Democracy vs. Republic: Cannabis Illustrates It Perfectly


It is often said that the United States is a democracy. That is not really true. Our country is a representative republic. There is a substantial difference between the two. Nothing shows the differences as dramatically as the debate over cannabis legality.

For example, South Dakota voters approved a ballot proposition in 2020 legalizing recreational cannabis in that state. In early 2021, Governor Kristi Noem announced litigation she hoped would strike down Amendment A as unconstitutional. She got what she wanted. The state Supreme Court agreed with a lower court that the amendment was, indeed, unconstitutional.

The National Organization for the Reform of Marijuana Laws (NORML) came out against both the governor and the court’s decision. They accused both of circumventing the will of the people. That may be the case, but they did what they promised to do in swearing the oath of office.

  1. Democracy vs. Republic

Before getting into the South Dakota case, it is important to define both a democracy and a republic. In a true democracy, the majority rules. It only takes 51% of the population to rule over the remaining 49%. That means that in a population that is pretty evenly divided, just 2% on one side or the other makes the difference.

In a republic, a simple majority doesn’t rule. Instead, citizens elect representatives to work on their behalf. Representatives craft and pass legislation. Representatives establish regulatory agencies and seat judges. The republic system makes it much more difficult for 51% to control 49%. With that understood, the South Dakota decision makes a lot more sense.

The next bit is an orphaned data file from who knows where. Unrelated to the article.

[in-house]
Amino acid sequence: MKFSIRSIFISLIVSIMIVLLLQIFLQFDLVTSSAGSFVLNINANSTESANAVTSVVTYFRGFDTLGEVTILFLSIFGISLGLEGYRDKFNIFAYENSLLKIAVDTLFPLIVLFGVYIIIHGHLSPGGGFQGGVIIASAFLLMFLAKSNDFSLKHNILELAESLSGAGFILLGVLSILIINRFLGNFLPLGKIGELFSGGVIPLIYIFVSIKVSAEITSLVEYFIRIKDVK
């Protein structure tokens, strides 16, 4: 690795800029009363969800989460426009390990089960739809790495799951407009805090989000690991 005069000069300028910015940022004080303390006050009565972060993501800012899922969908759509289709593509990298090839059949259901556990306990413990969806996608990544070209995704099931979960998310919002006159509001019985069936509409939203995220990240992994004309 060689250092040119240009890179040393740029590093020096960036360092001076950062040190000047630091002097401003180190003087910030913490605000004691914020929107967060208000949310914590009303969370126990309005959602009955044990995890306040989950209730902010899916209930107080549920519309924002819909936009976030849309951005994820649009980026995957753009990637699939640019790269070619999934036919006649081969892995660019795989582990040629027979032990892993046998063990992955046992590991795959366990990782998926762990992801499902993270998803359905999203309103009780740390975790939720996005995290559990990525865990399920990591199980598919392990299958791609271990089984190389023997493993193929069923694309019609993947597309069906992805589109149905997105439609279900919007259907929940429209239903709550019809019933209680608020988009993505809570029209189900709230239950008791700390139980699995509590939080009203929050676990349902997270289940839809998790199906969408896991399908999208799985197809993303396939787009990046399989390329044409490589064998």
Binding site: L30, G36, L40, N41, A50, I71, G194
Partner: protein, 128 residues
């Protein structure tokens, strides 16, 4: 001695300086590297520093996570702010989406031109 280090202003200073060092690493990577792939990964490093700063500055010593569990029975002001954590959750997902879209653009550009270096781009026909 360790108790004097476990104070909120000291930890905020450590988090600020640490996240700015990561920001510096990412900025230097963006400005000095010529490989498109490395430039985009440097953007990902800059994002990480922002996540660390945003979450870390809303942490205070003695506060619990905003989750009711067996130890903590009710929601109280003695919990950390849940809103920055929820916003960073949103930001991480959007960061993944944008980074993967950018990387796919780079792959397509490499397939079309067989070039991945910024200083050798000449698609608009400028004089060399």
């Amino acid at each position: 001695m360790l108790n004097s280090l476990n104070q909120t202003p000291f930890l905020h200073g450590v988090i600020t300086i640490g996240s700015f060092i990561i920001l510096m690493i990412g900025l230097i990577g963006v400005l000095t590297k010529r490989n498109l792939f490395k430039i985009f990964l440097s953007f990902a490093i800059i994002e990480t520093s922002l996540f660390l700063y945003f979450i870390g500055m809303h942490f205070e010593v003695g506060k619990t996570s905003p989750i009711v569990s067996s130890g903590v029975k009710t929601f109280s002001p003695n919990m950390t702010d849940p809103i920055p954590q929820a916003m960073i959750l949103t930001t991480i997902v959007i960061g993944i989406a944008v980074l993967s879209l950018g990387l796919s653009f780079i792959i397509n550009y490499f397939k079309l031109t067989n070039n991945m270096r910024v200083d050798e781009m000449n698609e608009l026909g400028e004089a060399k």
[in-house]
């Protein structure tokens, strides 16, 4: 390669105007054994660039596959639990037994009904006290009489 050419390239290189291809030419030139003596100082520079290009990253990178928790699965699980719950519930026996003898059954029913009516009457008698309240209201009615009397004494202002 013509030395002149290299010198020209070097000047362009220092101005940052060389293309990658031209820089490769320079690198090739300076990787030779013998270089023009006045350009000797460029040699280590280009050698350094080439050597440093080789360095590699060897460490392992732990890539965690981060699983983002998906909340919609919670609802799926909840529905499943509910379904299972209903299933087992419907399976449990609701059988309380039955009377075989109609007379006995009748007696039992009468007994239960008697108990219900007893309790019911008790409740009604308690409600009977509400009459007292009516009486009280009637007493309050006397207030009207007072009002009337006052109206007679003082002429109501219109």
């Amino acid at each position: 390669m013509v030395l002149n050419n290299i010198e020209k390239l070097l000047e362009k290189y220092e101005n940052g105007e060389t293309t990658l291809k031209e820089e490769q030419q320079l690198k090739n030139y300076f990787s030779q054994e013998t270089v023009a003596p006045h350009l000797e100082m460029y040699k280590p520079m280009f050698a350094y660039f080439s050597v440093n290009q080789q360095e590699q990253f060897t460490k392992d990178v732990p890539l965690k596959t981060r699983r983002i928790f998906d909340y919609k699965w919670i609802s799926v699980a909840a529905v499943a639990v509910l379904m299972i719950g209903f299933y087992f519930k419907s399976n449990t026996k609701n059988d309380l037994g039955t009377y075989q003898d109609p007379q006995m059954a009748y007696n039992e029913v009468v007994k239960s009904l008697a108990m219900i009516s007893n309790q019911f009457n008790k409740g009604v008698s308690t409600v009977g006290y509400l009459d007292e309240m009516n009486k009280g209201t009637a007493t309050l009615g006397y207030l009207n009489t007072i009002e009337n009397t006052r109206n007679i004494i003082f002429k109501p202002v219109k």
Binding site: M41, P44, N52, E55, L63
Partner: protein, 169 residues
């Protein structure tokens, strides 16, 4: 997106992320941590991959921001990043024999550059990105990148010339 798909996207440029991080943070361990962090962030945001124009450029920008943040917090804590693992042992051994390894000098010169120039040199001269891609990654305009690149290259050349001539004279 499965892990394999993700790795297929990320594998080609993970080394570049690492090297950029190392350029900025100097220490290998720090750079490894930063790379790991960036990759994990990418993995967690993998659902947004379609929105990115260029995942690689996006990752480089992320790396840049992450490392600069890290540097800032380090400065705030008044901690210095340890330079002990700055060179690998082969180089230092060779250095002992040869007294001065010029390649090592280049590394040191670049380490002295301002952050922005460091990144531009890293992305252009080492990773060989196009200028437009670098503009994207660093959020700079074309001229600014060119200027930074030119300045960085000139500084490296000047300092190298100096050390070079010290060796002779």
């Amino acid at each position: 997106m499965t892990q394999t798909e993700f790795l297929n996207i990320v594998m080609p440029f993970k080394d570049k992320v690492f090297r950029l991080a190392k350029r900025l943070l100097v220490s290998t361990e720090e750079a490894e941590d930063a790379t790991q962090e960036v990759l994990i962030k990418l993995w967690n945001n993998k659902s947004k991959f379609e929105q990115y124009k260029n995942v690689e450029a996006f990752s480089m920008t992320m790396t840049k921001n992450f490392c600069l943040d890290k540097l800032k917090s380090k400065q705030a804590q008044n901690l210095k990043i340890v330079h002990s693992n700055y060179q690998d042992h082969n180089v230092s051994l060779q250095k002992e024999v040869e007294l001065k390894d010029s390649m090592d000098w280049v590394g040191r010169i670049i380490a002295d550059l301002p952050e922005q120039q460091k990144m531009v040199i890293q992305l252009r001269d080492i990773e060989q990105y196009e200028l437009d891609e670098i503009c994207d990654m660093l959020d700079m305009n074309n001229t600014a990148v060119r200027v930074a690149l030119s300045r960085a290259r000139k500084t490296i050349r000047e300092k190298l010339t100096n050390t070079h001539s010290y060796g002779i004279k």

1. Unconstitutional on Its Face

South Dakota’s administration petitioned the court system after determining that Amendment A was unconstitutional on its face. What was the problem? South Dakota law requires that all amendments to the state constitution be single-topic propositions when presented to the voters. Apparently, Amendment A did not meet that requirement.

The fact that the state Supreme Court agreed with a lower court’s ruling by a four-to-one vote makes it pretty clear that Amendment A was not written properly. As a side note, state legislators are already working on a bill to legalize recreational marijuana in 2022. A new amendment drive has also been launched.

What has this to do with the idea of democracy vs. a representative republic? Amendment A passed 54% to 46%. That may represent eight percentage points in terms of the spread, but 54% by no means establishes a mandate. South Dakota remains largely split over whether recreational cannabis should be allowed.

The state Supreme Court and South Dakota’s governor did not allow a simple majority to overturn existing law. Nor should they have. All five judges and the governor took an oath of office in which they swore to protect the Constitution. The state constitution clearly does not allow multi-topic amendments. To let Amendment A go through without opposition would have been giving in to mob rule.

  1. Voters Can Still Vote

South Dakota is one of many states that do not have a problem with medical cannabis despite opposition to recreational use. Utah is another state. There, patients can walk into Salt Lake City’s Beehive Farmacy and purchase medical cannabis with a valid state-issued card. They cannot legally purchase recreational marijuana anywhere in the state.

If Utah voters want to approve recreational cannabis, they have to do so according to the law, just like South Dakota voters. And if their ballot proposition violates the law, it is the responsibility of the governor and the court system to step in. That is how things work in a representative republic.

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